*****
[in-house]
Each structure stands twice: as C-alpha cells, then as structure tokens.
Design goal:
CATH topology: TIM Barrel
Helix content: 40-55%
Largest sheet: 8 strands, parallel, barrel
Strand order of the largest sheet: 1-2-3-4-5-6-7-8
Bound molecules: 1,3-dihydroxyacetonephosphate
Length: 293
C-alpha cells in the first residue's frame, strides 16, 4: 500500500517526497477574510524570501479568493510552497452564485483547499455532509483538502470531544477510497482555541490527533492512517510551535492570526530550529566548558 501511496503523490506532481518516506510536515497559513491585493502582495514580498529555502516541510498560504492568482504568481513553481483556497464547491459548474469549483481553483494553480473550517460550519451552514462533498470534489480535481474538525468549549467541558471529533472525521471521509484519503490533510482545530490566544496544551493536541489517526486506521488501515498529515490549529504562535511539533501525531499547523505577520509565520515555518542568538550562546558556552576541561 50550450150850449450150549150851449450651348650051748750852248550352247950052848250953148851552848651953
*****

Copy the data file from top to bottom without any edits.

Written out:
[in-house]
Each structure stands twice: as C-alpha cells, then as structure tokens.
Design goal:
CATH topology: TIM Barrel
Helix content: 40-55%
Largest sheet: 8 strands, parallel, barrel
Strand order of the largest sheet: 1-2-3-4-5-6-7-8
Bound molecules: 1,3-dihydroxyacetonephosphate
Length: 293
C-alpha cells in the first residue's frame, strides 16, 4: 500500500517526497477574510524570501479568493510552497452564485483547499455532509483538502470531544477510497482555541490527533492512517510551535492570526530550529566548558 501511496503523490506532481518516506510536515497559513491585493502582495514580498529555502516541510498560504492568482504568481513553481483556497464547491459548474469549483481553483494553480473550517460550519451552514462533498470534489480535481474538525468549549467541558471529533472525521471521509484519503490533510482545530490566544496544551493536541489517526486506521488501515498529515490549529504562535511539533501525531499547523505577520509565520515555518542568538550562546558556552576541561 50550450150850449450150549150851449450651348650051748750852248550352247950052848250953148851552848651953